(Quebec) The Corporation thanatologues Quebec wishes to increase the death benefit paid by the Régie des rentes, which is capped at $ 2,500 for 15 years, and wants the government to legislate in order to avoid that this amount of money is used for purposes other than paying the funeral director.
“For death benefit, the funeral home making the request, but the check is sent to the family. Unfortunately, in some families, this benefit becomes rather a holiday benefit, ATV or boat service delivery … “illustrates Annie Saint-Pierre, Executive Director of the Corporation, which has just held its annual general meeting in the Islands -de-la-Madeleine.
“In such cases, often the funeral director assumes the bad debt and organizes funerals at a loss. And as we do not hit someone who is down, you will not see a funeral director to pursue a small claims bereaved family, “added the president of the Corporation, Denis Desrochers.
The thanatologues would like that money really used for what they are serving. They suggest, therefore, in view of a possible revision of the Pension Board, the death benefit is now issued jointly in the names of the funeral home and the family, much like insurance damage claims.
They also want the maximum amount of the death benefit be increased and indexed annually to the cost of living, the $ 2,500 cap barely covering the basic costs. “Nearly 20 years later, it’s still the same $ 2,500 that families receive and the fact that this amount is not indexed weakens the situation in which the relatives find themselves,” says Desrochers.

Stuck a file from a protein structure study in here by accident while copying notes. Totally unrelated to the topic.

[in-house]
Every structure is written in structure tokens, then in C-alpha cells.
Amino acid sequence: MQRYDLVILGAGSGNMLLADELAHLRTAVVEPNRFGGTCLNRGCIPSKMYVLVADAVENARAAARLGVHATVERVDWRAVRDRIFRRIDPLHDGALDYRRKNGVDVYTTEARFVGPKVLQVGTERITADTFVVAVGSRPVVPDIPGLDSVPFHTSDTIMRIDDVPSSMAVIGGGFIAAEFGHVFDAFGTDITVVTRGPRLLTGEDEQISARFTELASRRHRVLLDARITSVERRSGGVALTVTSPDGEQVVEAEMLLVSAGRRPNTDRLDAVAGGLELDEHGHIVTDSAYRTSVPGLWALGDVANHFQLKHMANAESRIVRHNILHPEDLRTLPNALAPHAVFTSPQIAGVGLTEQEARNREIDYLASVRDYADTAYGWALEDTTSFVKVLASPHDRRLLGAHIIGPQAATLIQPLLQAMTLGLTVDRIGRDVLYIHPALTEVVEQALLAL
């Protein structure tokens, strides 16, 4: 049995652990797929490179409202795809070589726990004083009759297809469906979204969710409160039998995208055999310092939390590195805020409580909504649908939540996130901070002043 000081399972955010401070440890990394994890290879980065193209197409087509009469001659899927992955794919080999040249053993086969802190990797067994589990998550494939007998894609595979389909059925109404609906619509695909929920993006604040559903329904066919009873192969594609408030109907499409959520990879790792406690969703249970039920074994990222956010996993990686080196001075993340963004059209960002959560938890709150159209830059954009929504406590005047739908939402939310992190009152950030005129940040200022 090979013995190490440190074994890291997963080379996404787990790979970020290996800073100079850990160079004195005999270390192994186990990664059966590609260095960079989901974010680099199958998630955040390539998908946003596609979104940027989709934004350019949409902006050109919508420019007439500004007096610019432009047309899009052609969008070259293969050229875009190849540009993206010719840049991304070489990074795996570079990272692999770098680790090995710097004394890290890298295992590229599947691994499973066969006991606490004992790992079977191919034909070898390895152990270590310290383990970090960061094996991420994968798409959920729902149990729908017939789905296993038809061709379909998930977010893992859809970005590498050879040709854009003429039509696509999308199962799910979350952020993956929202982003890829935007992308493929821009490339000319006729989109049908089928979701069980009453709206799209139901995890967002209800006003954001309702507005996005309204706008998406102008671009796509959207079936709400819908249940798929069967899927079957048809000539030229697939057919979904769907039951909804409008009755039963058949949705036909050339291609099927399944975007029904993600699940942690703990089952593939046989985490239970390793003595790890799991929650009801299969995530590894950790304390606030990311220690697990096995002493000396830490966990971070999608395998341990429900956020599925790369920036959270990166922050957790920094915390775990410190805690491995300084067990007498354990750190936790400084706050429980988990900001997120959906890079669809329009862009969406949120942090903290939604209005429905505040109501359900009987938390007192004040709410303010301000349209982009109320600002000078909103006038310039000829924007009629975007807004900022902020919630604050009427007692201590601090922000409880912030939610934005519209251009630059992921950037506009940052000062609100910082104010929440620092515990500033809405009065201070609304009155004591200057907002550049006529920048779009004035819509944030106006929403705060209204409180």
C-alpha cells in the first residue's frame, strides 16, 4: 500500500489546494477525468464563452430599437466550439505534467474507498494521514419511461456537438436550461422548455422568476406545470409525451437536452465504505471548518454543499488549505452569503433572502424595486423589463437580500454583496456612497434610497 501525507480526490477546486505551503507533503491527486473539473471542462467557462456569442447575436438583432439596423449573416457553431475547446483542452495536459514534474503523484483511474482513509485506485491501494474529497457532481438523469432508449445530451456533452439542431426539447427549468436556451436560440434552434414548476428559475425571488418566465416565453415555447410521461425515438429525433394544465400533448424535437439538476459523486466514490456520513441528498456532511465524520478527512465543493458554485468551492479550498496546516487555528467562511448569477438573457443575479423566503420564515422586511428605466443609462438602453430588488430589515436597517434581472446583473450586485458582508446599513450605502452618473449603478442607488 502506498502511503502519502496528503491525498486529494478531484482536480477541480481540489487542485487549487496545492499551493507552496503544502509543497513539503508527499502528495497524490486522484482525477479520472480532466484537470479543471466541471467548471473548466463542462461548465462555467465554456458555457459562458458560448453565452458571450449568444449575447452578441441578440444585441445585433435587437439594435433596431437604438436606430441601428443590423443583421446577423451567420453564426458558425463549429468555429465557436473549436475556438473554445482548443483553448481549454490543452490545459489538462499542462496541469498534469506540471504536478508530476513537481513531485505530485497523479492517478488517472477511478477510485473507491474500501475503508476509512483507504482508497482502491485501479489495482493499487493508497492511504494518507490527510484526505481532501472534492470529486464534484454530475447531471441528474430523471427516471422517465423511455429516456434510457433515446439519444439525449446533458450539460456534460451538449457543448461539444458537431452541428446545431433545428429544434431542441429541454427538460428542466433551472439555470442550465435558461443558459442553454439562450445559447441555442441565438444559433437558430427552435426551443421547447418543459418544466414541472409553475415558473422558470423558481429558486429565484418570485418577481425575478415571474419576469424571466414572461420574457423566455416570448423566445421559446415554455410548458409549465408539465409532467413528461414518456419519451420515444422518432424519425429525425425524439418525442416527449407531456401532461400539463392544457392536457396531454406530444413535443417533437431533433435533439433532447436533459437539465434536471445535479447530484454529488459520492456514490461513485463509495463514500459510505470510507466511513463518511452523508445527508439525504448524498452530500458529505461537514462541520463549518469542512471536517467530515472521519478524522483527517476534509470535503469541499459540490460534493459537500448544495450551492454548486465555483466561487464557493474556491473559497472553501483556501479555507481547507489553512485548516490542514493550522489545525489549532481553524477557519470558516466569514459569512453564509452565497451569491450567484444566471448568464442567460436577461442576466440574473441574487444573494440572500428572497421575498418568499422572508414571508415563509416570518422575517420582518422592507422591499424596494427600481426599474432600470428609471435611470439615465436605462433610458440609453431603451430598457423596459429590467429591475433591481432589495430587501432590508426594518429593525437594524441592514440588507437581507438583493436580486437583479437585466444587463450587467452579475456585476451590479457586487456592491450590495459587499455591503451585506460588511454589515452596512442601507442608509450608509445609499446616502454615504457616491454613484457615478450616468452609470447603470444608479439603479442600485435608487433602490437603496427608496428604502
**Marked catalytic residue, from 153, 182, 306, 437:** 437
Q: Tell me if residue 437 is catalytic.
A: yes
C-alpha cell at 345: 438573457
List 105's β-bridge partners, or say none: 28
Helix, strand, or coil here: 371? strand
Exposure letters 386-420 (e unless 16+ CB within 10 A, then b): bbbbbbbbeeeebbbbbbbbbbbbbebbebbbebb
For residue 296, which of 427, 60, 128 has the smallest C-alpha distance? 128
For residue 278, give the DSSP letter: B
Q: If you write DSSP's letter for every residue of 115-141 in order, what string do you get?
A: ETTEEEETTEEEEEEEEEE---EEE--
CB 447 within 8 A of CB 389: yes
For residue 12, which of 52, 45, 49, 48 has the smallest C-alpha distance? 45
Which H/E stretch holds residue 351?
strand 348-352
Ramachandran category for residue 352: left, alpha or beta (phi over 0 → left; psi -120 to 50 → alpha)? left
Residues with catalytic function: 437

The Corporation has hired lobbyists in recent months to bring these applications and many others from various departments and agencies of the Government of Quebec. The goal is to “modernize the current framework of funeral services and events related deaths, including the adoption of a new law on funeral.”
“We expect a new law that should be tabled this fall. The funeral Act dates back to 1974 and has never been modernized, adapted or reviewed, “said Annie Saint-Pierre. Former Health Minister Yves Bolduc had sought a review with Bill 83, introduced in 2012, but which died on the order paper because of the provincial election.
Other elements that the Corporation would like to see included in a possible bill, there is also the supervision and accountability of funeral directors. “If the government authorized the creation of a self-regulatory organization, we applaud,” said Annie Saint-Pierre.
As the Corporation is not a professional order and that membership is voluntary, it has no power to impose sanctions on the license to practice thanatologues. Only the Minister of Health may do so, a power he exercised only in extreme cases such as the funeral director Martin Marquis de Rimouski, who saw his license to practice suspended for two years this spring.
The thanatologues Quebec also seek the creation of a central register of prearranged funerals. Currently, a person who has entered into such an agreement without his relatives are aware that they could remain in ignorance to death and they still pay for funeral arrangements.